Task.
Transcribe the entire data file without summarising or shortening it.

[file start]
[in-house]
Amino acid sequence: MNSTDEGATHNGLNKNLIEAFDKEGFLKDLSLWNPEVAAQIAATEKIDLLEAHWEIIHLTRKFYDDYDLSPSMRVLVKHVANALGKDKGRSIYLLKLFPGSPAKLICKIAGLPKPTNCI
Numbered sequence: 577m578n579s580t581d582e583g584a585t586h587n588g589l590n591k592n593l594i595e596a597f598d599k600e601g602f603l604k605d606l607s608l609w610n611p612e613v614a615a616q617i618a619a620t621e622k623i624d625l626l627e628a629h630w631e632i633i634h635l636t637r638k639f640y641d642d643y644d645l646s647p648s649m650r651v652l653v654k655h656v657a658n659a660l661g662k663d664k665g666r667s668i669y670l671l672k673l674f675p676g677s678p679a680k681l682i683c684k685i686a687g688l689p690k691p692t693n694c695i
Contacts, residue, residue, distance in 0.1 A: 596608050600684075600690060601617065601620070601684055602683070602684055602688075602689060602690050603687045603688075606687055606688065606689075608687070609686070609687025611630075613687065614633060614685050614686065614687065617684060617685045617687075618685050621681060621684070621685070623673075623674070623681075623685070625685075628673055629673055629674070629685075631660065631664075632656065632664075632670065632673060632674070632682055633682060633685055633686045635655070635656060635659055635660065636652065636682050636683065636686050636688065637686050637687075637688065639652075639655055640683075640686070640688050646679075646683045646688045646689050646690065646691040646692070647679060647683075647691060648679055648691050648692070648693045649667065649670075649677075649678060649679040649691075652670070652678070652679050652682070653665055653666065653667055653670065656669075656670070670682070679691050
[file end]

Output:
[in-house]
Amino acid sequence: MNSTDEGATHNGLNKNLIEAFDKEGFLKDLSLWNPEVAAQIAATEKIDLLEAHWEIIHLTRKFYDDYDLSPSMRVLVKHVANALGKDKGRSIYLLKLFPGSPAKLICKIAGLPKPTNCI
Numbered sequence: 577m578n579s580t581d582e583g584a585t586h587n588g589l590n591k592n593l594i595e596a597f598d599k600e601g602f603l604k605d606l607s608l609w610n611p612e613v614a615a616q617i618a619a620t621e622k623i624d625l626l627e628a629h630w631e632i633i634h635l636t637r638k639f640y641d642d643y644d645l646s647p648s649m650r651v652l653v654k655h656v657a658n659a660l661g662k663d664k665g666r667s668i669y670l671l672k673l674f675p676g677s678p679a680k681l682i683c684k685i686a687g688l689p690k691p692t693n694c695i
Contacts, residue, residue, distance in 0.1 A: 596608050600684075600690060601617065601620070601684055602683070602684055602688075602689060602690050603687045603688075606687055606688065606689075608687070609686070609687025611630075613687065614633060614685050614686065614687065617684060617685045617687075618685050621681060621684070621685070623673075623674070623681075623685070625685075628673055629673055629674070629685075631660065631664075632656065632664075632670065632673060632674070632682055633682060633685055633686045635655070635656060635659055635660065636652065636682050636683065636686050636688065637686050637687075637688065639652075639655055640683075640686070640688050646679075646683045646688045646689050646690065646691040646692070647679060647683075647691060648679055648691050648692070648693045649667065649670075649677075649678060649679040649691075652670070652678070652679050652682070653665055653666065653667055653670065656669075656670070670682070679691050